Bob Books Set 2, Book 6 is not the first time the Bob Books use a comma, but it is the first time I talk about it with my students. This is because it is the first time Bob Books includes a list that uses commas, and so the comma, which many students have ignored until this point, sticks out and draws attention to itself.
This means it’s a good time to teach it.
I start by showing my student the binder card. I have him try to read the two sentences. He does well with the first, but he stumbles on the second. The reason is that while the comma is supposed to make it easier, his unfamiliarity with it causes him to stumble.
“Do you know what this is called?” I ask, pointing to the comma at the top of my Binder Card (pictured below).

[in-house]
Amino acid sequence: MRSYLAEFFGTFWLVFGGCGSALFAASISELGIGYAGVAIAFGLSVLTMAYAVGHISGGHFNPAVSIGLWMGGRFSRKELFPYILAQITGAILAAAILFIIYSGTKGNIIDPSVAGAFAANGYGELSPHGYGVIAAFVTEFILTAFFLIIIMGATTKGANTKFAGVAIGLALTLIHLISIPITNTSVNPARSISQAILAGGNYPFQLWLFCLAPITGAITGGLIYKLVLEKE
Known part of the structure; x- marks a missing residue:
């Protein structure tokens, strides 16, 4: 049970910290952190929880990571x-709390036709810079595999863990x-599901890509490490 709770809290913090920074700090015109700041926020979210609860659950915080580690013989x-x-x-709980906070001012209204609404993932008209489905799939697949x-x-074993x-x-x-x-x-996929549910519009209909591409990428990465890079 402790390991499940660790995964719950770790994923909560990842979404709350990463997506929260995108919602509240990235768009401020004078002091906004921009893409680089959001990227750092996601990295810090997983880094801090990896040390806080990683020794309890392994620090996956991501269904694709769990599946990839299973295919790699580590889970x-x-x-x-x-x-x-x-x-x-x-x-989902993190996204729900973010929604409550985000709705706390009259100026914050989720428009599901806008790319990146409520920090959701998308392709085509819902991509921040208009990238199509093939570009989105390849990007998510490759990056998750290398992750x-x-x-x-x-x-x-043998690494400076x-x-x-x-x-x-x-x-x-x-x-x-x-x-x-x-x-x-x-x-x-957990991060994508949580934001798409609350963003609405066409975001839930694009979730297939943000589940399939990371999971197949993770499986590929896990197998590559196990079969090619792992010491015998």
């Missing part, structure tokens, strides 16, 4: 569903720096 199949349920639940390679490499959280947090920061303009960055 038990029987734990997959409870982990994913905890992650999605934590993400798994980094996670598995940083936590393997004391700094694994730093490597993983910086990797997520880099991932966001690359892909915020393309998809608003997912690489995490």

“No,” he says.
“It’s a comma. When you see it in a sentence, it’s telling you to slow down, to pause a little. You don’t stop the way you do at a period, but you slow a little.”
I don’t really get into the idea that this particular example is a list, because when I tried this before, the student ended up thinking that commas were only for lists. So, instead, I just focus on what he should do when he encounters a comma: slow down and pay more attention.
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